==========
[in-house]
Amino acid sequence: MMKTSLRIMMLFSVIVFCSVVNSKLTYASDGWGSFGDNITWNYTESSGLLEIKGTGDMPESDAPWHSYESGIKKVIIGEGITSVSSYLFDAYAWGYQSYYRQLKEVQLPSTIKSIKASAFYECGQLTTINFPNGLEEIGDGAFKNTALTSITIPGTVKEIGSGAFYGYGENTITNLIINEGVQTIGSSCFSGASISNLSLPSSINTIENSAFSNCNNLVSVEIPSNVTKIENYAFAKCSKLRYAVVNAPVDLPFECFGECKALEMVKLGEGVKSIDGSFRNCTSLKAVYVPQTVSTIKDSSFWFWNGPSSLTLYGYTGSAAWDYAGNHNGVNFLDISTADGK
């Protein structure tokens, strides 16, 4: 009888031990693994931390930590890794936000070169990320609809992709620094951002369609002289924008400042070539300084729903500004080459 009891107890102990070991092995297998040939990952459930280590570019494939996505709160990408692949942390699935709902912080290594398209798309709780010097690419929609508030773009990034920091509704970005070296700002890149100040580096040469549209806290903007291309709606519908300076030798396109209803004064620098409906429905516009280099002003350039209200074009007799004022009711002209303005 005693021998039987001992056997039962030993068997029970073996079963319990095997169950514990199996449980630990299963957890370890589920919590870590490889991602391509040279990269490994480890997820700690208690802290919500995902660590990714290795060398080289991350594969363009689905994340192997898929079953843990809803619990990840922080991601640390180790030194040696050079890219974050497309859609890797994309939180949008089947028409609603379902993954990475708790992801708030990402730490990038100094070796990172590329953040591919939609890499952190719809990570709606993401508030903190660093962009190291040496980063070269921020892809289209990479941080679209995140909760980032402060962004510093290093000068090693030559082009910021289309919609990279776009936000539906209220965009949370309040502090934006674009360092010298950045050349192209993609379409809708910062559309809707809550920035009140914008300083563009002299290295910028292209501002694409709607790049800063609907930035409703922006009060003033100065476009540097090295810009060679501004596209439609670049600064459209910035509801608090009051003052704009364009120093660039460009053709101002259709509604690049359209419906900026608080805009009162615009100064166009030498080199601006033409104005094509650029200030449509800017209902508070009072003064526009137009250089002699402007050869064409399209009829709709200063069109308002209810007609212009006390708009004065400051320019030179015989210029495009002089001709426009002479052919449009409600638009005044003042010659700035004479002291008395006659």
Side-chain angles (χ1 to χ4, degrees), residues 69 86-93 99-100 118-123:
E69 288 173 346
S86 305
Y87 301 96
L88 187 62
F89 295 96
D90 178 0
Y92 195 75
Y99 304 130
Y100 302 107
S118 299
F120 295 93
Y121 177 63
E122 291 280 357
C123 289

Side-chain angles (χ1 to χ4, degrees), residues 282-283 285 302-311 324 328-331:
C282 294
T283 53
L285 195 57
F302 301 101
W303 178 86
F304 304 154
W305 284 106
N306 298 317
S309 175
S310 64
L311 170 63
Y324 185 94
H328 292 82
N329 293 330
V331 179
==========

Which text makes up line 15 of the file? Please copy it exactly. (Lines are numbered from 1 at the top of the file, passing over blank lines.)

F120 295 93